Today I wanted to see how fare down the GR mv copy goes in the lead pipe. And yes it goes farther down than a normal Bach 1 1/2g. So did the kanstul 1 1/2g. So that's maybe how George Roberts wanted them? Have you shaved down your 58 yet Trond?

Leif
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« Reply #1523 on: Sep 19, 2016, 01:08PM »

Today I wanted to see how fare down the GR mv copy goes in the lead pipe. And yes it goes farther down than a normal Bach 1 1/2g. So did the kanstul 1 1/2g. So that's maybe how George Roberts wanted them? Have you shaved down your 58 yet Trond?

Leif

I am toying with the idea , but i am not in a hurry.. Need to know more about the Holton  GR leadpipe.. George used the same leadpipe in all of his signature horns wether it was with a Brown&Sharpe or a Morse taper.. Difficult to know if they were supposed to fit a standard or a shaved piece.. I tried a Conn 3B in it which worked very well.. I should really restrain my self a little because i am more satisfied with the equipment  i use now than i have been for a long time[img] :D

Trond
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« Reply #1524 on: Sep 19, 2016, 01:14PM »

I suspect that the leadpipe that George Roberts used in all the procession of horns he endorsed was one rescued from one of his early horns... probably a Conn 70H pipe.... but the various makers had their own take on their production models... don't assume that Roberts endorsed models had faithful copies of his pipe in production instruments.

Chris Stearn
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« Reply #1525 on: Sep 19, 2016, 01:25PM »

When you ordered a lead pipe from Larry Minick he would ask you what mouthpiece you played so what you had would fit into the lead pipe the appropriate length.
I have several Bach 1 and 1/2Gs that I'm not using-might start some experimental shaving.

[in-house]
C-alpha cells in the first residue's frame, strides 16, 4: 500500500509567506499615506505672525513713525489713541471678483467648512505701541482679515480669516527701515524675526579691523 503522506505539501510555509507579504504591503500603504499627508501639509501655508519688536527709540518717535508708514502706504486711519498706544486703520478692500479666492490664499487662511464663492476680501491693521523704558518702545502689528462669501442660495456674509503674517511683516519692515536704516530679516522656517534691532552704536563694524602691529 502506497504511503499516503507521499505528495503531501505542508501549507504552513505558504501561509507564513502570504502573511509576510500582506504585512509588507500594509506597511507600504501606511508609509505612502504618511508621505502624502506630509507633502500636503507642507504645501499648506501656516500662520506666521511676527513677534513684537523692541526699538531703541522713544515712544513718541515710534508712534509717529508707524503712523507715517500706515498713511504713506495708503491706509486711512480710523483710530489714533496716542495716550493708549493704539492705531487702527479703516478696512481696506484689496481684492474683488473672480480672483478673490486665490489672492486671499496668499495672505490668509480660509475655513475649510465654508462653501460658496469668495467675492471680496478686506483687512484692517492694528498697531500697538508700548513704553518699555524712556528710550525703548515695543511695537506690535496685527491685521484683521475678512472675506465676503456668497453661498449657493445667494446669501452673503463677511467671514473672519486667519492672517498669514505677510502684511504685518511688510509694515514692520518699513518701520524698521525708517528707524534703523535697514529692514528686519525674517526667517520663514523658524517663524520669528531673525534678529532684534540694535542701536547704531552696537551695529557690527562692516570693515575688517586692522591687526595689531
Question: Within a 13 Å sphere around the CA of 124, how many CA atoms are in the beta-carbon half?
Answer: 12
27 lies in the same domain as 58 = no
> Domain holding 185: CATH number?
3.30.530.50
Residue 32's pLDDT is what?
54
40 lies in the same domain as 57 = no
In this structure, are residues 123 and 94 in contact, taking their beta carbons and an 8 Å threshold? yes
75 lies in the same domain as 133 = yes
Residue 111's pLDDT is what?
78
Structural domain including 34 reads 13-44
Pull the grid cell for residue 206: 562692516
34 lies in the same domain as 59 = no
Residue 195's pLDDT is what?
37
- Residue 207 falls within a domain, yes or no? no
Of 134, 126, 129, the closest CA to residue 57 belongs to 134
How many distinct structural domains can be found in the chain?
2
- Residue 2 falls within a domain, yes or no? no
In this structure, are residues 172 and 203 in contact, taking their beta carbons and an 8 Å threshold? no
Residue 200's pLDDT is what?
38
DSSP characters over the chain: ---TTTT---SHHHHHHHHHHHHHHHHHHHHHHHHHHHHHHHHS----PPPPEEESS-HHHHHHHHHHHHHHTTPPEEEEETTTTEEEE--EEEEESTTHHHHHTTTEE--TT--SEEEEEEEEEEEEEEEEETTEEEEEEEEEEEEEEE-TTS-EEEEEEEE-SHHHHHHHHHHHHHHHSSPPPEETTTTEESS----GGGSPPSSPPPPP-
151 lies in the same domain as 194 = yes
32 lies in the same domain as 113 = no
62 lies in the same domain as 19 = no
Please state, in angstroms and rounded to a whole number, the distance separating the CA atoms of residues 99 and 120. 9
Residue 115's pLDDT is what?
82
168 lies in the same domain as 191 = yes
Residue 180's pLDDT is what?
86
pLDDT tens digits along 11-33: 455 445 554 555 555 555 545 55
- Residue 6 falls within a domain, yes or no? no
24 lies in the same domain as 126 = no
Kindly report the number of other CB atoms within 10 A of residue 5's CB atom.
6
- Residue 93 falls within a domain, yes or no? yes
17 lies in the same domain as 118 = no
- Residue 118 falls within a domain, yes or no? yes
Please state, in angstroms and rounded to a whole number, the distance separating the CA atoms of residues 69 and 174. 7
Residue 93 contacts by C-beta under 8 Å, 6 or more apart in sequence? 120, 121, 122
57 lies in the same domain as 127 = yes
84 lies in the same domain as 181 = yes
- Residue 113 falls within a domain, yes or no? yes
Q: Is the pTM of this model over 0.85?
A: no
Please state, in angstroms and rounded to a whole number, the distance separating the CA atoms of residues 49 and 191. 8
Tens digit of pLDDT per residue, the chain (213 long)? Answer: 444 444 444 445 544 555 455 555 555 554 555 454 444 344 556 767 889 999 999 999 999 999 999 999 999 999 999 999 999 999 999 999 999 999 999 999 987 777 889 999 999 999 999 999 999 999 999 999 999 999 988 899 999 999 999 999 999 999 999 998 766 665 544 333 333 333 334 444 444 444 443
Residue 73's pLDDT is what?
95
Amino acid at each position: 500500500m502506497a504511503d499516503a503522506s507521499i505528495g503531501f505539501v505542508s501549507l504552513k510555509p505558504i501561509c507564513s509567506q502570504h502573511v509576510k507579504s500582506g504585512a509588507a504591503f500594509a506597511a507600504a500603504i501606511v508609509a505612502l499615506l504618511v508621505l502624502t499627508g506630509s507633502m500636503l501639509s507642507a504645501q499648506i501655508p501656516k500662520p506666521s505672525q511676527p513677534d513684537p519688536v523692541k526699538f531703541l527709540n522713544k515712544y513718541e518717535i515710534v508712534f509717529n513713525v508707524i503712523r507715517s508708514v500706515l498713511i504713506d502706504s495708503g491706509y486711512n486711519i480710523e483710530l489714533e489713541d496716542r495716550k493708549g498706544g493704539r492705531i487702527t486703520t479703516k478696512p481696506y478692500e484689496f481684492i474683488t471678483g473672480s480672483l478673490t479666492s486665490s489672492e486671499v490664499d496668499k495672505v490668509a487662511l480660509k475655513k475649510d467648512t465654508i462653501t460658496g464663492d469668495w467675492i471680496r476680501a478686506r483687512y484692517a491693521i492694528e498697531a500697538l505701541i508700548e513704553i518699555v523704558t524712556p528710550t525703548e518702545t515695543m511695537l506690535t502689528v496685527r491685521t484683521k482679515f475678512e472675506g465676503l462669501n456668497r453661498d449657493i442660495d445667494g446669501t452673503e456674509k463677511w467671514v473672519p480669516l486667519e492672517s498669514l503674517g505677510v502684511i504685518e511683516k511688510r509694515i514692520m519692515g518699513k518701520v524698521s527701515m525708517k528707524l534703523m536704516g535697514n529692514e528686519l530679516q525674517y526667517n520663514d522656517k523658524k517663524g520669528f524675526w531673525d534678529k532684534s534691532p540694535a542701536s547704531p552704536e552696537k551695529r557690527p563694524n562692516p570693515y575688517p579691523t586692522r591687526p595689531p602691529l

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« Reply #1526 on: Sep 19, 2016, 08:05PM »

My George Roberts Replica CE also has a pretty short shank.
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« Reply #1527 on: Sep 20, 2016, 01:57AM »

My George Roberts Replica CE also has a pretty short shank.

So it's a 'short-shank redemption'.... Evil

Oh well, somebody had to say it... :D :D

Chris Stearn
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« Reply #1528 on: Sep 20, 2016, 04:57AM »

So it's a 'short-shank redemption'.... Evil

Oh well, somebody had to say it... :D :D

Chris Stearn

this site really needs a good rofl emoticon...
but I'm glad YOU said it and not ME  :D
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« Reply #1529 on: Sep 22, 2016, 02:22PM »

So I found a Bach Corp. 1 and 1/2 with a shaved shank and slightly opened throat. Using it in my 180 right now. Low register is killing. Verdict out on overall results but it's interesting. It's in about 1/4 inch further than a typical 1 and 1/2.  More later.
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« Reply #1530 on: Sep 22, 2016, 03:47PM »

So I found a Bach Corp. 1 and 1/2 with a shaved shank and slightly opened throat. Using it in my 180 right now. Low register is killing. Verdict out on overall results but it's interesting. It's in about 1/4 inch further than a typical 1 and 1/2.  More later.

Interesting... what is frustrating is that there is no logical and measurable way of identifying a great mouthpiece..... not a good or workable mouthpiece... a great mouthpiece..... a rare beast.

Chris Stearn
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« Reply #1531 on: Sep 22, 2016, 05:43PM »

Interesting... what is frustrating is that there is no logical and measurable way of identifying a great mouthpiece..... not a good or workable mouthpiece... a great mouthpiece..... a rare beast.

Chris Stearn


All this talk about mouthpieces got my weak soul popping out my hidden box with 1 1/2g mouthpieces.  Bad dog.  No Biscuits. :/ Yeah, RIGHT.